Borders gets new chief executive

Borders gets new chief executive.

Borders hopes new chief can improve its story

Borders, the struggling US bookstore chain, has brought in a new chief executive to head its turnround efforts, after a dismal holiday season that saw comparable sales at its superstores fall 14.4 per cent.

The decline was driven by an 11 per cent fall in book sales, underlining the exposure of the entire book publishing industry to the current slump in consumer spending.

Ron Marshall, a veteran retail executive, is to take over as chief executive from George Jones, who had headed the company for the past 2½ years.

Mr Marshall, 54, has headed his own private equity fund for the past three years, but previously spent eight years as chief executive of Nash Finch, the food distribution company, where he oversaw a financial turnround.

His early career included working for Barnes & Noble, Borders’ larger rival, and for Crown Books, as well as chief financial officer of Pathmark, a regional supermarket chain, in the 1990s.

Larry Pollock, Borders’ chairman, said Mr Marshall would be involved in “more aggressively” spearheading cost-cutting and operational improvements aimed at securing the company’s long-term future. (Source: FT)

Borders no longer wants to sell itself

I love Borders. Love to be able to walk in and browse through. I have to admit that 90% of the time I come out empty handed or perhaps just with the Borders card member brochure.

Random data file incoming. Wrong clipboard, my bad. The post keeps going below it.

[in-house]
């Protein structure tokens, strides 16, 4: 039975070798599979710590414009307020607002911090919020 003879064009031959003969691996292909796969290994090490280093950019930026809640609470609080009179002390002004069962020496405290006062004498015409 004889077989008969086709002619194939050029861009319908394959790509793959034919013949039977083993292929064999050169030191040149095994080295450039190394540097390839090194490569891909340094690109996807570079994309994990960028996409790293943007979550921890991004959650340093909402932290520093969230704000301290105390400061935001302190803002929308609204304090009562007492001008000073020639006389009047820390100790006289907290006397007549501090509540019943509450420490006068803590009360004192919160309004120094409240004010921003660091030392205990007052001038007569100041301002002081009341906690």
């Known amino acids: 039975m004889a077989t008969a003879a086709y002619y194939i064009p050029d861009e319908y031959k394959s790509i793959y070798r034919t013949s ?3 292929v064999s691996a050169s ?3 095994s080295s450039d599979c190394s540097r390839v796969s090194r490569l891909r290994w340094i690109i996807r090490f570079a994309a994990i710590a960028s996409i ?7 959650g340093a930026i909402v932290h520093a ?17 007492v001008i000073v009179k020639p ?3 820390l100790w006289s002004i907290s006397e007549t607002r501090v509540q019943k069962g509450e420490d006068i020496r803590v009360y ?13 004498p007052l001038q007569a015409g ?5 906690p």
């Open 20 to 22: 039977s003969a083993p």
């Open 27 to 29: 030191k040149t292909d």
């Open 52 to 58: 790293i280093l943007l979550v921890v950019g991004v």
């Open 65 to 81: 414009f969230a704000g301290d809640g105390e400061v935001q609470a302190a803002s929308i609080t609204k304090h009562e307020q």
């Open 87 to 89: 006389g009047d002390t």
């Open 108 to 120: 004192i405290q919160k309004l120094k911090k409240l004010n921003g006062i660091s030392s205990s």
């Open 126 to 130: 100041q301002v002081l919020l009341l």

I’m sorry that you aren’t doing well Borders. It’s all my fault.

Borders Inc ‘no longer for sale’

It posted a net quarterly loss of $175.4m (£113m), or $2.90 per share, as against $161.1m, or $2.74 per share, in the third quarter of last year.

But it said applying a range of restructuring measures in the past year will allow the company to stand on its own despite the downturn.

“We have smiles on our faces”, Borders chief executive George Jones said.

Like-for-like sales dropped 12.8% in Borders superstores, with revenue falling to $693m from $765m during the same quarter last year.

The news sent Borders share down 52% in after-hours trading.

In March, Borders said it had been evaluating a sale of its core business after facing increasing difficulties in accessing funds. (Source: BBC)

Books aren’t doing well these days probably because lesser people are reading these days. I used to see more people reading in trains. Singaporeans are rather busy people, few have the chance to read at home for leisure. Most read during commute time. It’s not easy to read while standing. Those sitting on chairs either have their ears plugged with earphones (blissfully unaware that they suppose to alight the previous stop sometimes) or sleeping (or perhaps pretending to sleep when there’re older folks in front of them).

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Anyway, it’s just not good news for book lovers. Are physical stores impractical these days? Is the future going to be electronic books? I still much prefer touching paper. I’ll hate to see physical bookstores become a luxury of yesterday.